St. Joseph Media is adding a Toronto Life-branded real estate product called “The Hunt” to its suite of email newsletters, and also updating some of its existing products.
David Topping, a former editor turned digital strategy and product manager for St. Joseph, said email newsletters continued to grow in popularity as publishers experiment with alternate means of attracting and monetizing audiences.
“In the same way that a year ago everyone and their grandmother had a podcast, now everyone has an email newsletter,” he said. “They’re a way to reach people beyond publishing content on your website, and there is an audience of people of who prefer to get stuff this way.”
The Hunt is a Toronto Life-branded product that is distributed every Friday, providing an overview of Toronto’s red-hot real estate market and reflecting continued reader interest in what Topping called “real estate porn” – such as pictures of a bank executive’s multi-million dollar mansion.
It is aimed at reinforcing and expanding the Toronto Life brand (the city magazine has a combined 1.1 million print and digital readers, according to the most recent readership report from Vividata) but will also help shape the publication’s editorial direction, said Topping.
Toronto Life has approximately 51,000 subscribers to its six e-newsletters, though Topping said it eliminated many inactive subscribers in March. “We’d much rather have a growing engaged base of users than a stagnant base of users,” he explained.
He said the Toronto Life homepage was becoming “less important than it’s ever been” as people increasingly discover its content via the likes of social media and Google. The latter, he said, is largely unheralded in terms of its power in driving people to a publisher’s website.
“We have more traffic from Google than we have from Facebook, and we have a very healthy amount of traffic from Facebook,” he said. “We want to meet people where they are; we don’t want to have to force people to go to our homepage to find out what we’re doing.”
The launch of “The Hunt” comes roughly one year after St. Joseph launched its weekday newsletter Twelve Thirty Six. With headlines like “Why does Toronto’s east end hate everything?” and gossipy stories about the goings-on in Canadian media, the smartly curated daily newsletter has become ritual for an increasing number of people.
Topping attributed much of the newsletter’s success to its editor, former Eye Weekly correspondent and Canada.com news editor Marc Weisblott. “I don’t know how he is as in the loop on everything as he is,” said Topping. “It’s as though he’s run by four smaller people who are operating machines inside him.”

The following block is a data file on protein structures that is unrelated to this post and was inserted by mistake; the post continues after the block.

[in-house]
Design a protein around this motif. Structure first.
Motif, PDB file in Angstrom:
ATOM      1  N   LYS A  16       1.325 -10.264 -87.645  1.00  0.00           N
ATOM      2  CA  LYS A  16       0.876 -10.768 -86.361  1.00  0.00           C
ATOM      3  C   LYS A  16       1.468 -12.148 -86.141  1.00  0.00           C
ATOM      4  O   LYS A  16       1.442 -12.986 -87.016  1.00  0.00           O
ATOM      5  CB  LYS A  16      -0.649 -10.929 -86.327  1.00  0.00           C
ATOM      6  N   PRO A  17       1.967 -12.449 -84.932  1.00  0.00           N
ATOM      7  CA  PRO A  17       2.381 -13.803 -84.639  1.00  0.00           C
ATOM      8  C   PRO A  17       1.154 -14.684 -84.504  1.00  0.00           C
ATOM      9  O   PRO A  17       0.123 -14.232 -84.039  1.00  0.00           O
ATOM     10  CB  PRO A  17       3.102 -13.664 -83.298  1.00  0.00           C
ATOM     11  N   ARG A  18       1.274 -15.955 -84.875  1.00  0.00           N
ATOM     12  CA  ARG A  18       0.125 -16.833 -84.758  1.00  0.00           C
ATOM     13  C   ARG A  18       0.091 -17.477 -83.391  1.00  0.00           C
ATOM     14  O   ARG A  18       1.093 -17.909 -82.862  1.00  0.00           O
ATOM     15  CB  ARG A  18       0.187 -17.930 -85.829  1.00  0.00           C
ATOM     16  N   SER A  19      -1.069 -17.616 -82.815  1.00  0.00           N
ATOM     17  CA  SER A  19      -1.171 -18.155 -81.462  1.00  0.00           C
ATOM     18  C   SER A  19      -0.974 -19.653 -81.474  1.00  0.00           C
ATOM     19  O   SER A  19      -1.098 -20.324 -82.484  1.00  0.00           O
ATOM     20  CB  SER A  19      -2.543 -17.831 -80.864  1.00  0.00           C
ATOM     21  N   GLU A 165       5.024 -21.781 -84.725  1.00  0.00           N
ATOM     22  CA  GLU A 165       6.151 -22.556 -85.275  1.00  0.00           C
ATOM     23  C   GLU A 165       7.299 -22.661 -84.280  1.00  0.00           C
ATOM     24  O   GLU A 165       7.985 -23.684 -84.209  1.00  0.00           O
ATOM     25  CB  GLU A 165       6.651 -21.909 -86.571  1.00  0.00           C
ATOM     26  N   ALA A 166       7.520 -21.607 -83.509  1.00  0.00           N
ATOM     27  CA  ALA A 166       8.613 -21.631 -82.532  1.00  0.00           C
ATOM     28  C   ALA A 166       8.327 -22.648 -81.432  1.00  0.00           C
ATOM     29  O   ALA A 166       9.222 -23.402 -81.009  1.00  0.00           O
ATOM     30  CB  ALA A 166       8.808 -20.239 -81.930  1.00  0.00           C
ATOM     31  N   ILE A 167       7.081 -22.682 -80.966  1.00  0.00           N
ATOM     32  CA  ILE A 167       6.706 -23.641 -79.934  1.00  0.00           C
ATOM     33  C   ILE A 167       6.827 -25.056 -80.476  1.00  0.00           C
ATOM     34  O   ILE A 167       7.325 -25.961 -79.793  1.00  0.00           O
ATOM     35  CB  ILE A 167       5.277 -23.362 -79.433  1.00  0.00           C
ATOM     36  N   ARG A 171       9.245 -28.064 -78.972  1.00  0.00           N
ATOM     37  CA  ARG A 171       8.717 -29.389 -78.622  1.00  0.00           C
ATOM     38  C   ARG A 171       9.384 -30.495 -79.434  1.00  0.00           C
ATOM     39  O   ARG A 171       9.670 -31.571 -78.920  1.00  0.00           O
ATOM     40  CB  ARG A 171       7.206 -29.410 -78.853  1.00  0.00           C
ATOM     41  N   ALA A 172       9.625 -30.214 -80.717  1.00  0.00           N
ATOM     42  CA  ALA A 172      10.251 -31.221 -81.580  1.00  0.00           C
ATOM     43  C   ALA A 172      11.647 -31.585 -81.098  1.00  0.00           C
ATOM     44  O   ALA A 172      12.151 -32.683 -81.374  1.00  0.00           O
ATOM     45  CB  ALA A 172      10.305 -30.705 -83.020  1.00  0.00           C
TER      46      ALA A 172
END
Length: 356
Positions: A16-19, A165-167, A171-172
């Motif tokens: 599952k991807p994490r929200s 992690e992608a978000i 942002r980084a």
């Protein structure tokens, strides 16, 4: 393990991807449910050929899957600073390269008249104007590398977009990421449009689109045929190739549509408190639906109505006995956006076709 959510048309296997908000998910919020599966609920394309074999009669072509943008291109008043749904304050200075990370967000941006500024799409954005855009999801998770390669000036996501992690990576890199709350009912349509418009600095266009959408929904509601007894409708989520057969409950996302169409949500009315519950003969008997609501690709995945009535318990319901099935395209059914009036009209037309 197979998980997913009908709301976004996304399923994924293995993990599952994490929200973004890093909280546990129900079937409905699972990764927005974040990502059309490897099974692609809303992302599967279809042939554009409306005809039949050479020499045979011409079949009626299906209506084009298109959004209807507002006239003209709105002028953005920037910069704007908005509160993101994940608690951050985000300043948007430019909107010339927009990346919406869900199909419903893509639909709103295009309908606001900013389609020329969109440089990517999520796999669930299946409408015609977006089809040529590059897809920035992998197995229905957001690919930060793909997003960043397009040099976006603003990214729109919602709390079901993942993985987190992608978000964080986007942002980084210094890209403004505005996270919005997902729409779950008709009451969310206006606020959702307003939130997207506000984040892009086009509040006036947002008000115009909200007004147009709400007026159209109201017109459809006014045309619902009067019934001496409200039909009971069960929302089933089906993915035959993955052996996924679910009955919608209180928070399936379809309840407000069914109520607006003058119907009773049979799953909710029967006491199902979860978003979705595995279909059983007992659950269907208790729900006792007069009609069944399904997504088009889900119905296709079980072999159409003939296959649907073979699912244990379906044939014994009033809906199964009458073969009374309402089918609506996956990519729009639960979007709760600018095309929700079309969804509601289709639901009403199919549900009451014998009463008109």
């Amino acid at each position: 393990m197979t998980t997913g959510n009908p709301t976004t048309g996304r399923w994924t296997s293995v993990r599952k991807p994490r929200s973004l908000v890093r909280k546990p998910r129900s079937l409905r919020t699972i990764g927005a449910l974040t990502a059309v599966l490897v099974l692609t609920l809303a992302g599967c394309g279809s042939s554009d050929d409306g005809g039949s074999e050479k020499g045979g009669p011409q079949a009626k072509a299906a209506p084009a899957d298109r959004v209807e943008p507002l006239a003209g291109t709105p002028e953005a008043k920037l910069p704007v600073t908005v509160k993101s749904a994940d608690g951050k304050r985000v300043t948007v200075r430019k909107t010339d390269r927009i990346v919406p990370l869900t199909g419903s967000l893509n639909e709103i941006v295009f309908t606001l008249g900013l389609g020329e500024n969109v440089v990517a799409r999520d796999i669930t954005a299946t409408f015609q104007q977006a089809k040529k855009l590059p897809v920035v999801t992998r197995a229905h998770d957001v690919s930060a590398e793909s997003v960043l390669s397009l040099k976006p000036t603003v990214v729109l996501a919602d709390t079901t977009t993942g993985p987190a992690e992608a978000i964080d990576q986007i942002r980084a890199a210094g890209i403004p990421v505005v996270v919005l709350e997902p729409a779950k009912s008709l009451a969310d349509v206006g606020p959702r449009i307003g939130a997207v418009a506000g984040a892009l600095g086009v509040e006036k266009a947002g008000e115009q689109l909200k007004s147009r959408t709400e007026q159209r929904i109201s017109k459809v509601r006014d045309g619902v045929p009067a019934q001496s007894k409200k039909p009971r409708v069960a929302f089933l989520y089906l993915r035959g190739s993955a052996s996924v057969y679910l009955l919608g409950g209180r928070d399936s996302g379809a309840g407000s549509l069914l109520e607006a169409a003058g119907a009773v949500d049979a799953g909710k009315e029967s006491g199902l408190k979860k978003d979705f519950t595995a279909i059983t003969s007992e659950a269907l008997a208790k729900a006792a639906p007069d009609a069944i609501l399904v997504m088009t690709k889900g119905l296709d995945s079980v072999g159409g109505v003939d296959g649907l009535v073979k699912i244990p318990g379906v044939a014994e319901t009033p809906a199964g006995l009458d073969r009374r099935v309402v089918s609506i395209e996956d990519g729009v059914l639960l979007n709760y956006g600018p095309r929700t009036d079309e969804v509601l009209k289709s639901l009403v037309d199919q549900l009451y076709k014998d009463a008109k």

While acknowledging there are no guarantees about Twelve Thirty Six’s longevity in an environment of fickle consumers, Weisblott said St. Joseph was being proactive in its attempts to attract readers.
“We were able to launch this product with the understanding that it wasn’t about clicking our heels wishing for a magic click,” he said. “Rather, it’s about establishing a long-term direct relationship with readers, including the kind who yell at me on Twitter if a glitch finds their newsletter arriving a minute late.”
While Twelve Thirty Six’s stories are largely sourced from other news outlets (including Marketing), Topping said St. Joseph was not concerned about readers linking to rival media outlets.
“The industry has reached a level of confidence that we’re not afraid to link to our competitors,” he said. “It’s our job to be the best. If we’re the people who show or tell [readers] the best stuff, they’ll keep coming back to us – even if intermittently we acknowledge the existence of our competitors.”
Topping described Twelve Thirty Six as an experiment in utilizing a lean startup approach to launching a new editorial product, using data to refine the product on the fly.
“Obviously there has to be an editorial and business vision behind what you’re doing, but now more than ever you can use data to inform those decisions in a way that is instructive and means you’re not in the position print publishers were in ages ago – when they had to rely on focus groups or their best guess as to what was succeeding in attracting readers.”
Twelve Thirty Six boasts approximately 5,400 subscribers, with a daily open rate of between 50-60% and as many as 24,000 total opens in a typical week (the newsletter is often forwarded by its subscriber base). Topping said the open rate was more indicative of the publication’s resonance than its subscription numbers.
“If you want to [advertise] in a newsletter that has 25,000 subscribers but a 10% open rate, why would you bother when you could advertise in a 10,000-subscriber newsletter with a 50% open rate?”
St. Joseph sells a single ad in Twelve Thirty Six for $300 per day, with clients including Toronto’s Carbon Bar (a charter advertiser), Toronto-based publisher Dundurn Press and Alison Azer, a private citizen publicizing a petition urging Prime Minister Justin Trudeau to pressure the Iran government to look into the abduction of her four children by her ex-husband.
“It’s not someone who you think of as a conventional advertiser, but given the audience [for Twelve Thirty Six] it was a really smart call,” said Topping, who said the newsletter reached many influential people. “Clients that have a particular audience in mind for who they want to reach are coming to us.”
Topping said St. Joseph had only recently turned its focus to advertisers on Twelve Thirty Six after spending the past year using audience data to refine the product.
“There is a strong editorial vision about what we are as a publication, but the kind of work I’m doing, which is getting information about what people respond to and doing more like it, adds another layer,” said Topping. “It’s never been so easy or so inexpensive.
“We are in the position of being able to move very quickly in the direction people want and to keep giving them more.”